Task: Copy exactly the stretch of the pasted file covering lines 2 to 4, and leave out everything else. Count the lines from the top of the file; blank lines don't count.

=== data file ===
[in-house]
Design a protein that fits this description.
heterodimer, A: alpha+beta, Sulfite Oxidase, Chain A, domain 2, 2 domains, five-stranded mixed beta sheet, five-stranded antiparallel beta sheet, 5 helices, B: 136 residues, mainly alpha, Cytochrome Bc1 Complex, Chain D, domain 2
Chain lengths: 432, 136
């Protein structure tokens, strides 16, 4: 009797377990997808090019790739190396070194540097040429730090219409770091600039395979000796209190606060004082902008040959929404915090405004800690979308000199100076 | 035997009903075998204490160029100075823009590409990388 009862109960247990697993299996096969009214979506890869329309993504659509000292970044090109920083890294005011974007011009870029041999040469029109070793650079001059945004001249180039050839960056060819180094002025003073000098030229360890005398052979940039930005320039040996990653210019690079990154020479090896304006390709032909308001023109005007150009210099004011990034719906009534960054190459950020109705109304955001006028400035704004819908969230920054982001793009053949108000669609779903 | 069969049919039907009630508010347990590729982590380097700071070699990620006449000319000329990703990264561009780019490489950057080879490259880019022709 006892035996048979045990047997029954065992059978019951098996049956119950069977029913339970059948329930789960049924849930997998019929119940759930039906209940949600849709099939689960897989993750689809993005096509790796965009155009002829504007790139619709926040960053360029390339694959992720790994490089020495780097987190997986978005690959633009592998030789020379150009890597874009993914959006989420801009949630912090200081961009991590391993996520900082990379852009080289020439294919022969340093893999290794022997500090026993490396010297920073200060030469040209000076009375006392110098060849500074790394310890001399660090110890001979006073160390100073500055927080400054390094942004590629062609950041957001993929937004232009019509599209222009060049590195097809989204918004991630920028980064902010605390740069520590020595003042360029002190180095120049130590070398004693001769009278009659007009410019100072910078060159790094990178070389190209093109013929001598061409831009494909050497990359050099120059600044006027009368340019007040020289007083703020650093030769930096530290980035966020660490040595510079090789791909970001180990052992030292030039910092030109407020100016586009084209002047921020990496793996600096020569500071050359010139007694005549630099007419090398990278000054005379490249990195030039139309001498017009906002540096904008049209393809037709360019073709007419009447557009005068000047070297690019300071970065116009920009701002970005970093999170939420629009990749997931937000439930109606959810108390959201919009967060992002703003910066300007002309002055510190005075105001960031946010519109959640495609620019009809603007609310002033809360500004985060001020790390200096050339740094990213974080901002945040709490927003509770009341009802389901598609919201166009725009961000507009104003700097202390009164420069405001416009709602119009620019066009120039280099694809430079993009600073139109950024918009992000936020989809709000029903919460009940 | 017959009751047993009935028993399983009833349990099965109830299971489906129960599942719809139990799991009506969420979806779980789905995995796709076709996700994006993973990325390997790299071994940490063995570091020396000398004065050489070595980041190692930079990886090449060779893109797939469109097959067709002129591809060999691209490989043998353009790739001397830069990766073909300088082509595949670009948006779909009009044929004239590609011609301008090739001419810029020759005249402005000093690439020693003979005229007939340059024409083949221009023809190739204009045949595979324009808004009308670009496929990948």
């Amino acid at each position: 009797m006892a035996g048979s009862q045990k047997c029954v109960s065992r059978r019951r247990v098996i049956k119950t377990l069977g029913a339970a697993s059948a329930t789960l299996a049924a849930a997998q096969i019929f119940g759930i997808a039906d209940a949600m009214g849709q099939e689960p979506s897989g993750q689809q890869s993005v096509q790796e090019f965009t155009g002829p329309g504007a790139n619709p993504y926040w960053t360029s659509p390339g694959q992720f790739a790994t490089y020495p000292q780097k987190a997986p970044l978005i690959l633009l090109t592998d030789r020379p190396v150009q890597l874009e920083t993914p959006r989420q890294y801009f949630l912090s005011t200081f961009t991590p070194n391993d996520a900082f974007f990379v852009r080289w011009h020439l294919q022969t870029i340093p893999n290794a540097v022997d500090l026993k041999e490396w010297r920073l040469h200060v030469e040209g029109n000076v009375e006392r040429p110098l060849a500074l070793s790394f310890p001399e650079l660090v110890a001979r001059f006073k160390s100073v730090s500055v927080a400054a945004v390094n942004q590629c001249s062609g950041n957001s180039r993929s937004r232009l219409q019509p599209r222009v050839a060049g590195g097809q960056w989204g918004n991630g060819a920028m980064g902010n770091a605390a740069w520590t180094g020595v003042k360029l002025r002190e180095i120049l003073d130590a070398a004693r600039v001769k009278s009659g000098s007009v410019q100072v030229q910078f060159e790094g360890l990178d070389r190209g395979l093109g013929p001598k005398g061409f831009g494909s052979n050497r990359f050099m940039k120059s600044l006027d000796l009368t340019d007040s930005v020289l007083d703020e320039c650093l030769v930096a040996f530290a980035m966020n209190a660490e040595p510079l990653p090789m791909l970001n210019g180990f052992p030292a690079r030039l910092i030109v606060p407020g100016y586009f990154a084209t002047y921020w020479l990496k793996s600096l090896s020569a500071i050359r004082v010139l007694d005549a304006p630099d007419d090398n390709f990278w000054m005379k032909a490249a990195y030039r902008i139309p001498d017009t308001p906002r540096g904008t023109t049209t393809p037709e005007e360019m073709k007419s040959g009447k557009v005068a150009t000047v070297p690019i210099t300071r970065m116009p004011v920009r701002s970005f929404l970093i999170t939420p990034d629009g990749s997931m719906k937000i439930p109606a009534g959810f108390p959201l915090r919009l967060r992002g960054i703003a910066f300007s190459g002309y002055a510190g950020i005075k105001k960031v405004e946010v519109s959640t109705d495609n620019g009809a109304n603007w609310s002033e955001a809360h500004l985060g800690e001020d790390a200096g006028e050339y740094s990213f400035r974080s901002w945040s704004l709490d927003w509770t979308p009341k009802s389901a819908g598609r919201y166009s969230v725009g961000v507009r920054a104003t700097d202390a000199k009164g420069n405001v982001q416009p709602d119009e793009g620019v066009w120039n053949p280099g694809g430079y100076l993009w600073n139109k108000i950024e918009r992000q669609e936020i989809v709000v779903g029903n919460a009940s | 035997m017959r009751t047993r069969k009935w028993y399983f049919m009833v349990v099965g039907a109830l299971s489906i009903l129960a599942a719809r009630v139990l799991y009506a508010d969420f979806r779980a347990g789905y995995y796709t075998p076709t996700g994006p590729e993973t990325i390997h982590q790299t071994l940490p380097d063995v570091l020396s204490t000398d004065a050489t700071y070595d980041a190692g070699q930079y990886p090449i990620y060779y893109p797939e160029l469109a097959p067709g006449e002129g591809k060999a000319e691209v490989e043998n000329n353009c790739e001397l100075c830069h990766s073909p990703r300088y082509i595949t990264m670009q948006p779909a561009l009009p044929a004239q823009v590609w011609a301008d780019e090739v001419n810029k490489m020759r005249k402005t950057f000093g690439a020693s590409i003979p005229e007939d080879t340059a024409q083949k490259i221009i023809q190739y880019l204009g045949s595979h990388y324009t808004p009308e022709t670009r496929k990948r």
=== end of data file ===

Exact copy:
Design a protein that fits this description.
heterodimer, A: alpha+beta, Sulfite Oxidase, Chain A, domain 2, 2 domains, five-stranded mixed beta sheet, five-stranded antiparallel beta sheet, 5 helices, B: 136 residues, mainly alpha, Cytochrome Bc1 Complex, Chain D, domain 2
Chain lengths: 432, 136